Economic pros of unconstrained US LNG exports outweigh downside, DOE study finds
The domestic economic benefits of letting U.S. LNG export volumes flow unconstrained by anything but global demand would in the long term outweigh negatives including higher gas prices, a U.S. Department of Energy study found.
The study, prepared by NERA Economic Consulting for the DOE's Office of Fossil Energy, examined potential future export levels under various domestic and international gas market conditions and calculated that U.S. LNG exports would range between 8.7 Bcf/d and 30.7 Bcf/d in 2040. Looking at the macroeconomic implications of those exports in 2020-2040, NERA concluded that under all scenarios, "overall U.S. economic output is higher whenever global markets call for higher levels of LNG exports, assuming that exports are allowed to be determined by market demand."
With pipeline certificate review, FERC chairman looking to grease the skids
The Federal Energy Regulatory Commission's chairman made clear before a Senate panel June 12 that his intent in reviewing the commission's gas pipeline certificate policy is to streamline, rather than slow, the process. FERC has brought in private contractors to add to its workforce assessing projects and is seeking to hire more engineering staff, he said. It may also reallocate commission resources toward LNG project reviews and bring in further third-party assistance, and is looking for ways to streamline its internal processes, he said.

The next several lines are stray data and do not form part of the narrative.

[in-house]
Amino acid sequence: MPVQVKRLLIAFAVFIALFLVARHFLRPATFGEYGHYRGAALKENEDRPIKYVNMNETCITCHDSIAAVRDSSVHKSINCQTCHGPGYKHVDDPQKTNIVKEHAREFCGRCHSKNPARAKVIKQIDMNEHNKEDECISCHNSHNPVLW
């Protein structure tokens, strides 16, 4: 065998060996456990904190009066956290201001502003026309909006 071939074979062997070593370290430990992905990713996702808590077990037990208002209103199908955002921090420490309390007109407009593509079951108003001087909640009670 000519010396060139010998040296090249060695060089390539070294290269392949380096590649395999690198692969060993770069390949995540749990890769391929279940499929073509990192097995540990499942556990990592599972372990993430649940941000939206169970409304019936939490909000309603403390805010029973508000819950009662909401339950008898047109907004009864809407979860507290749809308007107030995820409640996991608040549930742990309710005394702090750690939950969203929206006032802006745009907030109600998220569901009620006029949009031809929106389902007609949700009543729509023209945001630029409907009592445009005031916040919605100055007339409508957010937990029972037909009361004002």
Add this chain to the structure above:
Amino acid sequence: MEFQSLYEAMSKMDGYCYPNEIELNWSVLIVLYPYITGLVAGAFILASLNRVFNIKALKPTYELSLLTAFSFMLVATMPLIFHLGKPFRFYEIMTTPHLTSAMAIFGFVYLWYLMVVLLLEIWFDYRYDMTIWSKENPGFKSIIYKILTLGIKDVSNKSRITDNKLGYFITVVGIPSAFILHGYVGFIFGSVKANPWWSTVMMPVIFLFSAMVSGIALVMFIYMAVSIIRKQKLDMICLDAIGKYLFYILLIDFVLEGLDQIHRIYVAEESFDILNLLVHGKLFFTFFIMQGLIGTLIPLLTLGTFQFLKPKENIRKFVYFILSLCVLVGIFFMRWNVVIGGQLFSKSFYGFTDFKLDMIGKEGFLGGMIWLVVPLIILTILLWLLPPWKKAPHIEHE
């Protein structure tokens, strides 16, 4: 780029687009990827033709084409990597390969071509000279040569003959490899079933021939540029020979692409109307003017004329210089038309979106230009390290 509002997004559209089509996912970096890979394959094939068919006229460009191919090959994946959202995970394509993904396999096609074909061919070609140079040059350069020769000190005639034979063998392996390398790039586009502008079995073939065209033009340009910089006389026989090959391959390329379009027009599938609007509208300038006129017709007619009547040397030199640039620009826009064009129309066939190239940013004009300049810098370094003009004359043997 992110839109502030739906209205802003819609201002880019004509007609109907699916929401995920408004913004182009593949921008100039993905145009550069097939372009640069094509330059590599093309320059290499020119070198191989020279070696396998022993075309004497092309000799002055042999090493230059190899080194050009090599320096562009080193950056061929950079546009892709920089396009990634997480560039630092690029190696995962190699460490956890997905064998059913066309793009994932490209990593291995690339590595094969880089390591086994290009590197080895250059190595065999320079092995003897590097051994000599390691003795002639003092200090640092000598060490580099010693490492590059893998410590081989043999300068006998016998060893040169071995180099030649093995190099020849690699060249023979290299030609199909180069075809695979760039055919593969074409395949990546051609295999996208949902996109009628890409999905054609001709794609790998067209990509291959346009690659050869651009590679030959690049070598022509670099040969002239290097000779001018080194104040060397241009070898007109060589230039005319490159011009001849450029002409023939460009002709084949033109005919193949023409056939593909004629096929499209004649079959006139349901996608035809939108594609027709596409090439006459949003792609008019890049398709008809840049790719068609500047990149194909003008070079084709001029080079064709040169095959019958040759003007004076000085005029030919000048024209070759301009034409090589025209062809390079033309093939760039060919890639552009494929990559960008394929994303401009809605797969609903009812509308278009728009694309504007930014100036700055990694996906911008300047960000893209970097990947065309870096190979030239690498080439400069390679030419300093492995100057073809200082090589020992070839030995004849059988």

US Northeast gas capacity additions have tough time being filled with new output
Natural gas takeaway capacity additions in the U.S. Northeast targeting downstream consumers have yet to spur the level of new output the market was expecting, making it difficult to fill the infrastructure during certain periods, according to an S&P Global Platts analysis. The perspective, offered during the first day of the LDC Gas Forums Northeast conference in Boston on June 11, comes as industry leaders analyze Appalachian basin supply, demand and pricing fundamentals heading into the next decade.
Study: Global LNG trade rose 10% in 2017 as Asian countries led demand growth
Global LNG trade increased 10% in 2017 to 290 million tonnes, or 38.2 Bcf/d, as Asian countries led demand growth and the U.S. and Australia contributed the most additional supply, according to an annual report from the International Group of Liquefied Natural Gas Importers. Asia's LNG imports increased by 19.6 million tonnes, led by Japan and China, with China alone boosting its imports by 42%. U.S. LNG exporters in particular have had their eye on China, where demand has prevented a predicted global supply glut from lingering.
Cheniere subsidiary asks to introduce gas to 1st Corpus Christi LNG train
A Cheniere Energy Inc. subsidiary asked the Federal Energy Regulatory Commission for permission to introduce gas to commission the Corpus Christi LNG export facility's first liquefaction train. Corpus Christi Liquefaction LLC on June 7 requested that FERC staff grant the authorization before June 29 so the Texas terminal, which is under construction, can begin commercial service in 2019. The petition came just weeks after FERC permitted Cheniere to start service on a 23-mile, 48-inch-diameter pipeline to transport gas between the LNG terminal and interstate and intrastate natural gas pipeline systems.